Organ donation and transplantation involve thousands of clinicians, professionals and volunteers, collaborating to make the best use of a limited supply of organs.
The number of transplants performed in the United States has increased annually with more than 41,000 organ transplants performed in the U.S. in 2021. The national transplant system ensures patient safety, equity and efficient stewardship of the gift of life.
What organs can be transplanted?
Anyone can become an organ donor, no matter your age. Your medical condition at the time of death will determine what organs and tissue can be donated. If you would like to declare your choice to be an organ donor, be sure to enroll in your state’s donor registry and share your decision with your family and friends. Your decision to donate life can help to save many lives.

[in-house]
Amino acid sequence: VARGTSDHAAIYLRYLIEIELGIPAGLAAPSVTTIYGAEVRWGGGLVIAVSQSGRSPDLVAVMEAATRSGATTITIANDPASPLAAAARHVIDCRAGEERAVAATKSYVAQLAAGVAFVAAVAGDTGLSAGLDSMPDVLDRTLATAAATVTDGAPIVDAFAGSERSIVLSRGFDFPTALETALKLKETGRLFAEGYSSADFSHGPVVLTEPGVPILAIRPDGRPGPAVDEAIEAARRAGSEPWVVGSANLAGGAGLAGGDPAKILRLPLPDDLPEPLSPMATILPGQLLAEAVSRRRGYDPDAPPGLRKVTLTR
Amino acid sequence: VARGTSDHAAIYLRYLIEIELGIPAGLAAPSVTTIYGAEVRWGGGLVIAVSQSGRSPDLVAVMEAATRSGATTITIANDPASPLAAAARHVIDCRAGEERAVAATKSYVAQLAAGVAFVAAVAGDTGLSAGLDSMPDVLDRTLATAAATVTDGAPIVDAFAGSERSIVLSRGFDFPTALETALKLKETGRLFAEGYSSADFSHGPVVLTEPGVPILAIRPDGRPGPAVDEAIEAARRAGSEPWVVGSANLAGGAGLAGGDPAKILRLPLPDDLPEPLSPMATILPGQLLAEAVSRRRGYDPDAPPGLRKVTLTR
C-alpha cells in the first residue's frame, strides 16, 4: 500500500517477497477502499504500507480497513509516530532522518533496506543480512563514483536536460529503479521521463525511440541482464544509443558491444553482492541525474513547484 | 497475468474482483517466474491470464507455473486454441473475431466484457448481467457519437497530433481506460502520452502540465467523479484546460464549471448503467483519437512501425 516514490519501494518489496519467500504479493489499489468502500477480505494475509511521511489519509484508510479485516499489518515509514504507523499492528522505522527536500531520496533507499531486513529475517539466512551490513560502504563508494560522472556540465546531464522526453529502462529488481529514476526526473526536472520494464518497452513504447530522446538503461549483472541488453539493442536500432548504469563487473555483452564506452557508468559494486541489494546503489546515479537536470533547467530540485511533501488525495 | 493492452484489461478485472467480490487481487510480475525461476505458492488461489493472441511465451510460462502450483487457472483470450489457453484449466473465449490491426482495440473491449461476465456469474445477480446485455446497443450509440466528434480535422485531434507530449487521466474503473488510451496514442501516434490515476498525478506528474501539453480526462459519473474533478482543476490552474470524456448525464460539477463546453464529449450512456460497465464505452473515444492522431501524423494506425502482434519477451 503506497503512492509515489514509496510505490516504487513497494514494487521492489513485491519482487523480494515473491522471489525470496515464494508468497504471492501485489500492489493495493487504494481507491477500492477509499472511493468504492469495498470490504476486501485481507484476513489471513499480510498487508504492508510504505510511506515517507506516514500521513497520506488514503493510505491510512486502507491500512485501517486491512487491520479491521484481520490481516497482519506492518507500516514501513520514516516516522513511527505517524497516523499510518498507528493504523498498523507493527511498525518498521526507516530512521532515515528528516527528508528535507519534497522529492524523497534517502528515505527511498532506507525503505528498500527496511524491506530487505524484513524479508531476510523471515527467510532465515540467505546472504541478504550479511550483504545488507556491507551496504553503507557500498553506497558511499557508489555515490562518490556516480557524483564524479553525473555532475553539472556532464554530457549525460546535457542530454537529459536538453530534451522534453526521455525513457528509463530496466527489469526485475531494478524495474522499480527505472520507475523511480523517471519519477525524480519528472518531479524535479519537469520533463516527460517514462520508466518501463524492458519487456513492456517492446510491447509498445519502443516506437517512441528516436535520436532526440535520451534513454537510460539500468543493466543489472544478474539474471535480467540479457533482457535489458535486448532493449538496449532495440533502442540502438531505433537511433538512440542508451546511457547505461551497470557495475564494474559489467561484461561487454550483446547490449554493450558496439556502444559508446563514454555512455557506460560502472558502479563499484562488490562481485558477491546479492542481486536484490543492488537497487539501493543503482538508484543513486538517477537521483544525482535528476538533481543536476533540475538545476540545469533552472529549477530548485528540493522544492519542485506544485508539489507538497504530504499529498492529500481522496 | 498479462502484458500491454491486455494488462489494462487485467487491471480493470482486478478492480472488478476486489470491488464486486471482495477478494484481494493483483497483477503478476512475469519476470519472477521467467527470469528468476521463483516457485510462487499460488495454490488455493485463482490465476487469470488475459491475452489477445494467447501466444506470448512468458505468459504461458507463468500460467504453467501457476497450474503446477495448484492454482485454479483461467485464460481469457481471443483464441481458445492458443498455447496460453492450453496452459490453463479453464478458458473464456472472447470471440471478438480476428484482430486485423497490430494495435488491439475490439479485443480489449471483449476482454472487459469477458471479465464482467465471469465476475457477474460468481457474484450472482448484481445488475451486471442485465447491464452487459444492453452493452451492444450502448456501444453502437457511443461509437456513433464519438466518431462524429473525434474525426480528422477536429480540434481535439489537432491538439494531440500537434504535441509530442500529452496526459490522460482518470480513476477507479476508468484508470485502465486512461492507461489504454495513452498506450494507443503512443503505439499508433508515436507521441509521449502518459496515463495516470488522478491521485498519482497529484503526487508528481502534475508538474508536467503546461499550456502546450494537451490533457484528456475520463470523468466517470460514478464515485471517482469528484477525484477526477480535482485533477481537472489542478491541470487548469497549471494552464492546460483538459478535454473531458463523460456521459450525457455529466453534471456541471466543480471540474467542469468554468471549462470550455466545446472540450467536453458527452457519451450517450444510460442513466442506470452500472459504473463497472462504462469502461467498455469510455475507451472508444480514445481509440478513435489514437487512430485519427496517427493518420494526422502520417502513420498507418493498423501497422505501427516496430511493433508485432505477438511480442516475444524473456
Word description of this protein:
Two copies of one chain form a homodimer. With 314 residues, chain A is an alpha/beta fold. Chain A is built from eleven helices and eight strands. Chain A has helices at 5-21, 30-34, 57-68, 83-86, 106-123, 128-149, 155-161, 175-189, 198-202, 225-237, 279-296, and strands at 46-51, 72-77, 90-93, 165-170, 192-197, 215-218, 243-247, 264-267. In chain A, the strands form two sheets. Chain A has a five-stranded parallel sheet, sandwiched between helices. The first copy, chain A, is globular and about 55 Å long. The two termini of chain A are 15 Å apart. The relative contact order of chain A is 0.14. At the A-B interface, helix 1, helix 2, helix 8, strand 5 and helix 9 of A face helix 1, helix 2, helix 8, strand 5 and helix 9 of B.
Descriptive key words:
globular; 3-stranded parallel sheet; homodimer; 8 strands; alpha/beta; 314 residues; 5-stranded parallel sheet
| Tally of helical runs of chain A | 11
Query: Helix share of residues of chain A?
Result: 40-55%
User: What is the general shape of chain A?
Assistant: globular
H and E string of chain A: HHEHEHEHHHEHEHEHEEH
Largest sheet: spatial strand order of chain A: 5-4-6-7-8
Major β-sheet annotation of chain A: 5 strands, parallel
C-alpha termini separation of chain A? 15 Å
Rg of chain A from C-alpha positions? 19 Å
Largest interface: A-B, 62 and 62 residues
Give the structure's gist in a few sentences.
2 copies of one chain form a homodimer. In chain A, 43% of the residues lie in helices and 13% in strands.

Frequently asked questions
Find answers to questions about organ donation and organ transplants, such as:
- How do I get on the national transplant waitlist?
- Where am I on the waitlist?
Waiting for your organ transplant
Waiting for a transplant is not like taking a number and waiting your turn. The waitlist is better described as a giant pool of patients. When a deceased organ donor is identified, UNOS’ computer system generates a ranked list of transplant candidates who are suitable to receive each organ. UNOS matches individuals waiting for a lifesaving transplant with compatible donor organs.